Nissan Bladeglider concept previews radical electric sports car
Nissan reveals a new take on its Bladeglider EV sports car concept as speculation mounts over a future production version
Nissan has provided a further hint that it could produce a radical electric sports car by unveiling a new development of its Bladeglider concept.
A pair of new Nissan Bladeglider show cars are being displayed in two configurations at an event in Brazil to mark the start of the Rio Olympic Games. They mark a clear evolution from the original Bladeglider, which made its debut at the Tokyo Motor Show in 2013, by including a fully electric powertrain and a more realistic cabin - although the radical three-seat layout remains.
Nissan says the new Bladeglider is “an exciting, real-life study into the potential of advanced EV performance”. The car is fully electric, with a powertrain developed by Nissan’s partner for the project, Didcot-based Williams Advanced Engineering. The Bladeglider has a 220kW lithium-ion battery, supplying electricity to a pair of 130kW electric motors - one on each of the rear wheels.
The entire vehicle is 4,300mm long - so slightly shorter than a Ford Focus. It’s slightly wider than that family hatch too, at 1,850mm, but the Bladeglider’s roofline sits more than 15 centimetres lower than the Ford’s, at just 1,300mm.
The Bladeglider is not particularly light, at 1,300kg - around the same as a pure-electric BMW i3. Williams Advanced Engineering is said to have recorded performance figures for the new Nissan, posting a top speed “in excess of 190km/h (118mph)” and a 0-62mph time of “less than five seconds”.
Inside, the evolved Bladeglider gets more functional fabric seats than its predecessor, and a revised dashboard layout that mixes four screens - one at either side of the facia, one in the centre and one mounted within the steering wheel itself. The wheel contains a rotary controller, similar to Ferrari’s Mannetino, which appears to select Neutral, Reverse or a couple of Drive modes. Nissan has revealed that the Bladeglider’s torque vectoring system - which can send torque to the outside wheel to prevent understeering in corners - will have three settings: off, agile and ‘drift mode’.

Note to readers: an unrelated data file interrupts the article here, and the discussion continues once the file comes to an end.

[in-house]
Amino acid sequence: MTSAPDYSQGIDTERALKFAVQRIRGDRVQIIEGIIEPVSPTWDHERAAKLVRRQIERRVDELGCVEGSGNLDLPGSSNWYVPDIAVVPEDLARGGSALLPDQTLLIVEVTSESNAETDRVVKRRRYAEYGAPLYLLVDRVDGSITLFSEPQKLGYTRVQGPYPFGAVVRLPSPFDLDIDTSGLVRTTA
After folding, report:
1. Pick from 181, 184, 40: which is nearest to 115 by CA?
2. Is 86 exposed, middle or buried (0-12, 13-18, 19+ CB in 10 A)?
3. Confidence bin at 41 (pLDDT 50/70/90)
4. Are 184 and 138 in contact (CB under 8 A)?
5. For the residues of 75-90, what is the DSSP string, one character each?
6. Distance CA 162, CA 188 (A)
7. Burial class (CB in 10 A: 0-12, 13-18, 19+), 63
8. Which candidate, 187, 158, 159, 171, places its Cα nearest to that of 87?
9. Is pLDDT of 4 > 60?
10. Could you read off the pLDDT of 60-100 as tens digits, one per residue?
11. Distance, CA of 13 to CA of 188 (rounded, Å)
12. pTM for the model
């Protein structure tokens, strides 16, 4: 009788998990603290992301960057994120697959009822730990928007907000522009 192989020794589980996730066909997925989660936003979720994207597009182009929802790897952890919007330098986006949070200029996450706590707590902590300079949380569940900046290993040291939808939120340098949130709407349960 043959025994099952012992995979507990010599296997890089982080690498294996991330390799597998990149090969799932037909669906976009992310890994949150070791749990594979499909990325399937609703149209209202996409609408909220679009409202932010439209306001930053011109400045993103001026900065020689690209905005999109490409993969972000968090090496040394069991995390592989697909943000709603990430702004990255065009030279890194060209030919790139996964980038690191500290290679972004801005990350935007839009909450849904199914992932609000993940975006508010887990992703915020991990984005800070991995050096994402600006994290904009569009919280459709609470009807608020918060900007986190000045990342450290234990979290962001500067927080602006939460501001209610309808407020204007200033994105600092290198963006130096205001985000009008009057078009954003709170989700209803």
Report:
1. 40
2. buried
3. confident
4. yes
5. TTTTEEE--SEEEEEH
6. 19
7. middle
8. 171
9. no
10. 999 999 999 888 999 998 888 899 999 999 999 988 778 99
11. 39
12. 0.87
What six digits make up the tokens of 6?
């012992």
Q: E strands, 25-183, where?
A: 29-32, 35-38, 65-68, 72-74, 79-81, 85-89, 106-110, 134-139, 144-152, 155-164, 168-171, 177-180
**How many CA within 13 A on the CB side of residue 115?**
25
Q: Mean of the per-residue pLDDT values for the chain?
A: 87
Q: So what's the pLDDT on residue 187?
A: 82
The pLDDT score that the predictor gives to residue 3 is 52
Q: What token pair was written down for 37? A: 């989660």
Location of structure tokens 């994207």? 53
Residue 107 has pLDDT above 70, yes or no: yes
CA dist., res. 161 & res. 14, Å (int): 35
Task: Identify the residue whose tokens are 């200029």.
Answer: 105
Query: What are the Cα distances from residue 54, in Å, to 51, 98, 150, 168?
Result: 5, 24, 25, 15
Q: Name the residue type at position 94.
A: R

Will there be a Bladeglider production car?
The new concept is likely to reignite speculation that Nissan is considering building a production version of the Bladeglider - not least because in official correspondence about the new vehicles, Nissan refers to them as “working protoypes” instead of pure concepts. When the original car made its debut, Nissan’s then-vice-president Andy Palmer revealed that he’d driven a test mule for the car based on an Ariel Atom.
Following Palmer’s departure to Aston Martin, and the abandonment of a Nissan Le Mans project that used the Bladeglider’s radically narrow front track, senior Nissan figures were much cooler on the prospect of the concept making production and it seems the Bladeglider is more of a toe in the water.
Nissan’s global head of marketing and brand strategy Roel de Vries insisted that the Bladeglider is not earmarked for production in the short term - but admitted the firm was hoping to use the new prototypes to learn more about potential market demand for an electric sports car.
“We have to be clear: Bladeglider is not going to end up in production within the next two or three years,” he said. “However, it is a definite step on from the original concept, in that a concept doesn’t have to consider the practicalities of manufacturing or the technologies involved. By working with Williams and developing these working prototypes, we’ve been able to test the technology and also see how close we could keep the design to the original idea.
“Nissan is committed to EVs making up a large part of its model range and alongside another Leaf, we are looking at where we can add more electric cars to our line-up. The next step would be to have them in another volume sector, which probably isn’t sports cars. But there is an EV image to consider here too.”
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